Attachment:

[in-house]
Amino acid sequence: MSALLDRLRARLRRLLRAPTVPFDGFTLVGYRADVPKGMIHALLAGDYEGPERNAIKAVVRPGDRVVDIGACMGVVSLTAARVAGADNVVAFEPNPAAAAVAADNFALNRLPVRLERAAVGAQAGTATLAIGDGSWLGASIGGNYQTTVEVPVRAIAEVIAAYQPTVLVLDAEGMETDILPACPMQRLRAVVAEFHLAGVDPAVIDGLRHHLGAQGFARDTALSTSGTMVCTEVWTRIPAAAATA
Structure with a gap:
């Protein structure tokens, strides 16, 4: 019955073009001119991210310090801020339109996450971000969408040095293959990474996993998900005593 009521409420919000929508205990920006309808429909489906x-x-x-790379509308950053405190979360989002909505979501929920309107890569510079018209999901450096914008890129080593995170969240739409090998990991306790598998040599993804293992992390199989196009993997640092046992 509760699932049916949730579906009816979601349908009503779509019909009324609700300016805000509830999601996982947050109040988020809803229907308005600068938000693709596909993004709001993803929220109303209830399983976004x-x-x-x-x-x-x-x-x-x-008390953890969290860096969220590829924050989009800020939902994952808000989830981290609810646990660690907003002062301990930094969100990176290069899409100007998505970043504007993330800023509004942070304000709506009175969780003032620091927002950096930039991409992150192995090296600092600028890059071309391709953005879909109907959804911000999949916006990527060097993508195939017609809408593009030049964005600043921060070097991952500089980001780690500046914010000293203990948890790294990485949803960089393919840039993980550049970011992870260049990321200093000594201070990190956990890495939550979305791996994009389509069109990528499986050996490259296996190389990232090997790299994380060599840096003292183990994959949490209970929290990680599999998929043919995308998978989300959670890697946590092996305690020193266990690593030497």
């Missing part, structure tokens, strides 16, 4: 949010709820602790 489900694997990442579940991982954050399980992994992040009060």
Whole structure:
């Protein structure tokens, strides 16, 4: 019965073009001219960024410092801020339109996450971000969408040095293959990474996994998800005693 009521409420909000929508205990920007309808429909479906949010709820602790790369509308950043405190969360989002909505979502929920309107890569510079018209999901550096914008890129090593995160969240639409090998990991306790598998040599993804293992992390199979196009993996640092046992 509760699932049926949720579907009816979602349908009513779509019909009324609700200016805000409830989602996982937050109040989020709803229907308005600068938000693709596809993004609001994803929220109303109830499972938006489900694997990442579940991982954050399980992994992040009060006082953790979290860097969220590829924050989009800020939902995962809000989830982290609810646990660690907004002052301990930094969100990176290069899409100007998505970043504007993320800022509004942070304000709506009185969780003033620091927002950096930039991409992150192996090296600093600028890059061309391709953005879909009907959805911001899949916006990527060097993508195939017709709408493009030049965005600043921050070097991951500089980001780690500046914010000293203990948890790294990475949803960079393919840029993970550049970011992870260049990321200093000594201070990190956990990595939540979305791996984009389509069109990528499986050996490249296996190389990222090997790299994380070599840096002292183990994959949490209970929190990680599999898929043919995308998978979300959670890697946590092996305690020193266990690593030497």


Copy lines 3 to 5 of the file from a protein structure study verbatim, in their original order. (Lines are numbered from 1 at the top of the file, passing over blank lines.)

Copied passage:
Structure with a gap:
């Protein structure tokens, strides 16, 4: 019955073009001119991210310090801020339109996450971000969408040095293959990474996993998900005593 009521409420919000929508205990920006309808429909489906x-x-x-790379509308950053405190979360989002909505979501929920309107890569510079018209999901450096914008890129080593995170969240739409090998990991306790598998040599993804293992992390199989196009993997640092046992 509760699932049916949730579906009816979601349908009503779509019909009324609700300016805000509830999601996982947050109040988020809803229907308005600068938000693709596909993004709001993803929220109303209830399983976004x-x-x-x-x-x-x-x-x-x-008390953890969290860096969220590829924050989009800020939902994952808000989830981290609810646990660690907003002062301990930094969100990176290069899409100007998505970043504007993330800023509004942070304000709506009175969780003032620091927002950096930039991409992150192995090296600092600028890059071309391709953005879909109907959804911000999949916006990527060097993508195939017609809408593009030049964005600043921060070097991952500089980001780690500046914010000293203990948890790294990485949803960089393919840039993980550049970011992870260049990321200093000594201070990190956990890495939550979305791996994009389509069109990528499986050996490259296996190389990232090997790299994380060599840096003292183990994959949490209970929290990680599999998929043919995308998978989300959670890697946590092996305690020193266990690593030497």
């Missing part, structure tokens, strides 16, 4: 949010709820602790 489900694997990442579940991982954050399980992994992040009060």